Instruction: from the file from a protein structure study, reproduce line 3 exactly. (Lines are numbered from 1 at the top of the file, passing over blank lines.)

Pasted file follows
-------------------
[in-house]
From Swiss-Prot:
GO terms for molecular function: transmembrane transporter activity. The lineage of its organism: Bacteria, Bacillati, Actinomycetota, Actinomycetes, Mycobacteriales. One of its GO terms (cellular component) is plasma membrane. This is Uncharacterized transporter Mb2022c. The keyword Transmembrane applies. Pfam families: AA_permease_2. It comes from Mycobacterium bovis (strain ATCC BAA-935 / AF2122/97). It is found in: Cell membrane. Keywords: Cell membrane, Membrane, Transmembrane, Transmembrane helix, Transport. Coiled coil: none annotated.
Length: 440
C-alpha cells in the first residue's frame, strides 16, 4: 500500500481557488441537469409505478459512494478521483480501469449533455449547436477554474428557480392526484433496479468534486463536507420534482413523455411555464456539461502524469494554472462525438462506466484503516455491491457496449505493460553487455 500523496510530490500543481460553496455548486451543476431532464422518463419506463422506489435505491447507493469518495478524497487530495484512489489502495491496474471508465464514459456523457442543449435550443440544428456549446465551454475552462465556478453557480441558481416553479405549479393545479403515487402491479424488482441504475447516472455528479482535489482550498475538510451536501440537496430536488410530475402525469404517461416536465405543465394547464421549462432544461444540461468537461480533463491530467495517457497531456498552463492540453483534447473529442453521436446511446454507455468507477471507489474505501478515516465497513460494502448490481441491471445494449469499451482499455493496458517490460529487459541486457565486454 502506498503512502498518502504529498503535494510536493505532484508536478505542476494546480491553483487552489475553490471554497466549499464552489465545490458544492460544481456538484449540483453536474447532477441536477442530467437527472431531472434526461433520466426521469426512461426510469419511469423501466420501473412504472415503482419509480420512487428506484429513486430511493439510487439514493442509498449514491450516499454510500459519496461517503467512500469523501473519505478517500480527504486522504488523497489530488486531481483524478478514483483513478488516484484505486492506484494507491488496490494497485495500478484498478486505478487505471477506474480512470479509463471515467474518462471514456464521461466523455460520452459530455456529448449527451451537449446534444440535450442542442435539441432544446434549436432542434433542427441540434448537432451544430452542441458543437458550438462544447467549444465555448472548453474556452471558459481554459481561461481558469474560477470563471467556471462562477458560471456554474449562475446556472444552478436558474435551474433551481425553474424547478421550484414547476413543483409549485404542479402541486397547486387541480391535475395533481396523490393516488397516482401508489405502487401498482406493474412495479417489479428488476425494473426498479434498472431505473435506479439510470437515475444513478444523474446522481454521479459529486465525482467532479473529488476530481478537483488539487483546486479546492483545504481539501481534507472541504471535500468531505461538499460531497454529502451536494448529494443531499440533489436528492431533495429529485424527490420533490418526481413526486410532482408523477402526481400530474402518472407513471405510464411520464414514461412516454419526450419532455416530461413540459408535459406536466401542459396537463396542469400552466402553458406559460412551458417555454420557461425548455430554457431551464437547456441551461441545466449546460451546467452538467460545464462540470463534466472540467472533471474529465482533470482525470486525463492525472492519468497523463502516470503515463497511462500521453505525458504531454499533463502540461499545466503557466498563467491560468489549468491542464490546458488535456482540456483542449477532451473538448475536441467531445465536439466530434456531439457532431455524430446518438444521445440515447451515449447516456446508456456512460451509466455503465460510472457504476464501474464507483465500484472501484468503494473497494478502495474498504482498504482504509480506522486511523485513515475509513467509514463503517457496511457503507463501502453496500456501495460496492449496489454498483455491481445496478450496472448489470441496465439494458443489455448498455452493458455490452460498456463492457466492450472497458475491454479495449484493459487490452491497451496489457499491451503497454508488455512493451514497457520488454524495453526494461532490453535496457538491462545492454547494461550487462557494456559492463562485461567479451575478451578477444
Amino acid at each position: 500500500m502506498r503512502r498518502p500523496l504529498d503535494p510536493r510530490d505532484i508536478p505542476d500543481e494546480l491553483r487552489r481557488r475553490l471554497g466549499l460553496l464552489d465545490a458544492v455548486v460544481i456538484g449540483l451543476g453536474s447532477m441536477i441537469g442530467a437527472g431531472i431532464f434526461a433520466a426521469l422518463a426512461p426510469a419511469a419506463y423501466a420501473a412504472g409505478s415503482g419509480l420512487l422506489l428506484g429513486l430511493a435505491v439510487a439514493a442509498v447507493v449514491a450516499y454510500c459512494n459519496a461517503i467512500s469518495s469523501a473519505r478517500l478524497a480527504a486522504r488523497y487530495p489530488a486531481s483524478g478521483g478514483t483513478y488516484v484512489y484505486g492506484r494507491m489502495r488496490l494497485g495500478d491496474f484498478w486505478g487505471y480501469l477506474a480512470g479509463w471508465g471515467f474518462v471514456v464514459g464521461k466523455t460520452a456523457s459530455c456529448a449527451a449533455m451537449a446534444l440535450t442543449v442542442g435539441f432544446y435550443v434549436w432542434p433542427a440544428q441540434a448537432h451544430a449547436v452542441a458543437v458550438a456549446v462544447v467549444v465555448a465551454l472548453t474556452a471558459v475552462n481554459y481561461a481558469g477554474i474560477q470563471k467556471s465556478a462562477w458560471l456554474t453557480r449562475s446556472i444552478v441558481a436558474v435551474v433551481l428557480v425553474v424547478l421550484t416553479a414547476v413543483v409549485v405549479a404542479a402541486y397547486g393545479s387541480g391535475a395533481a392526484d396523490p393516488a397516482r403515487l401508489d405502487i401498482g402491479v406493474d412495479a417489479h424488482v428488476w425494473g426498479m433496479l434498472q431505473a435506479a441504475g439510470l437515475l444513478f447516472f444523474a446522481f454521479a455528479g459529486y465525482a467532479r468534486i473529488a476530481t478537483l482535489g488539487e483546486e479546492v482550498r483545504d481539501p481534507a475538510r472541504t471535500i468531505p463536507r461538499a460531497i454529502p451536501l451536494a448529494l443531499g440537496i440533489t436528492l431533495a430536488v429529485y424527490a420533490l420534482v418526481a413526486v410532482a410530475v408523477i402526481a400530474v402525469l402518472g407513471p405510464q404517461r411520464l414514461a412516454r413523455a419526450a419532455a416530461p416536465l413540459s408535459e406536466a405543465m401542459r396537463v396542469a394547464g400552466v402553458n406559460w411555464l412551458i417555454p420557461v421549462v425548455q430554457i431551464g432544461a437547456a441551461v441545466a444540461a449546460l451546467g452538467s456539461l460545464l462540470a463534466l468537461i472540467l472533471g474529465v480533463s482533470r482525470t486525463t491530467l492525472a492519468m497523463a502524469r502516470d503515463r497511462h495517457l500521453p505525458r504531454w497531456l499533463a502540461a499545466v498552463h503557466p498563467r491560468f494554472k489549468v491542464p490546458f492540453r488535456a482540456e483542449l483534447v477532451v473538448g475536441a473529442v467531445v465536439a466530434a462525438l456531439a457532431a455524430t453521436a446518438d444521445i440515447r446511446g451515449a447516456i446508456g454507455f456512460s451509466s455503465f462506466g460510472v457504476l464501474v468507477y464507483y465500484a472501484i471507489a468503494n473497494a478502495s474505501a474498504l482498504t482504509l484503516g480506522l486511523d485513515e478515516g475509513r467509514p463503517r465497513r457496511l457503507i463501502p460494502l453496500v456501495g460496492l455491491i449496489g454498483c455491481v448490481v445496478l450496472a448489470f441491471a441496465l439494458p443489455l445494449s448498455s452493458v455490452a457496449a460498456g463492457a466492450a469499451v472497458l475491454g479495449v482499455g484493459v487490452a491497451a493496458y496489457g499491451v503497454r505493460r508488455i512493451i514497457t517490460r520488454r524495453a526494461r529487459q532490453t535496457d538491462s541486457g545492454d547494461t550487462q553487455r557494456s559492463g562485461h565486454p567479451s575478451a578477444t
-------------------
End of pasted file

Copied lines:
GO terms for molecular function: transmembrane transporter activity. The lineage of its organism: Bacteria, Bacillati, Actinomycetota, Actinomycetes, Mycobacteriales. One of its GO terms (cellular component) is plasma membrane. This is Uncharacterized transporter Mb2022c. The keyword Transmembrane applies. Pfam families: AA_permease_2. It comes from Mycobacterium bovis (strain ATCC BAA-935 / AF2122/97). It is found in: Cell membrane. Keywords: Cell membrane, Membrane, Transmembrane, Transmembrane helix, Transport. Coiled coil: none annotated.